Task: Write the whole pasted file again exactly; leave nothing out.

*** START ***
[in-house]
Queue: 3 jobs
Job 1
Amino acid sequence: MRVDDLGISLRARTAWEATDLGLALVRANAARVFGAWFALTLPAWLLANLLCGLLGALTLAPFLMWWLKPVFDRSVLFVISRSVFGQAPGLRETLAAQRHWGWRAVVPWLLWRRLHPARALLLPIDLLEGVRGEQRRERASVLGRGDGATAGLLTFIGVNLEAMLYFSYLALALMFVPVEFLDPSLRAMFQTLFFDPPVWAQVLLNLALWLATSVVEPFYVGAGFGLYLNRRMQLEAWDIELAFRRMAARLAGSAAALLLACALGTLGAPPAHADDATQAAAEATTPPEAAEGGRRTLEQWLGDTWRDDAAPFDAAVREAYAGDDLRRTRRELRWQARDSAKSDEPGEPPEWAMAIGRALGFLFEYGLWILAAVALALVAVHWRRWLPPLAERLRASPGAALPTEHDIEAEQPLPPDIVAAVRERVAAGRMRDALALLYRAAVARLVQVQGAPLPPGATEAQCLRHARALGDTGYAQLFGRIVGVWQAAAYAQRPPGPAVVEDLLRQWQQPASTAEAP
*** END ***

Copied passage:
[in-house]
Queue: 3 jobs
Job 1
Amino acid sequence: MRVDDLGISLRARTAWEATDLGLALVRANAARVFGAWFALTLPAWLLANLLCGLLGALTLAPFLMWWLKPVFDRSVLFVISRSVFGQAPGLRETLAAQRHWGWRAVVPWLLWRRLHPARALLLPIDLLEGVRGEQRRERASVLGRGDGATAGLLTFIGVNLEAMLYFSYLALALMFVPVEFLDPSLRAMFQTLFFDPPVWAQVLLNLALWLATSVVEPFYVGAGFGLYLNRRMQLEAWDIELAFRRMAARLAGSAAALLLACALGTLGAPPAHADDATQAAAEATTPPEAAEGGRRTLEQWLGDTWRDDAAPFDAAVREAYAGDDLRRTRRELRWQARDSAKSDEPGEPPEWAMAIGRALGFLFEYGLWILAAVALALVAVHWRRWLPPLAERLRASPGAALPTEHDIEAEQPLPPDIVAAVRERVAAGRMRDALALLYRAAVARLVQVQGAPLPPGATEAQCLRHARALGDTGYAQLFGRIVGVWQAAAYAQRPPGPAVVEDLLRQWQQPASTAEAP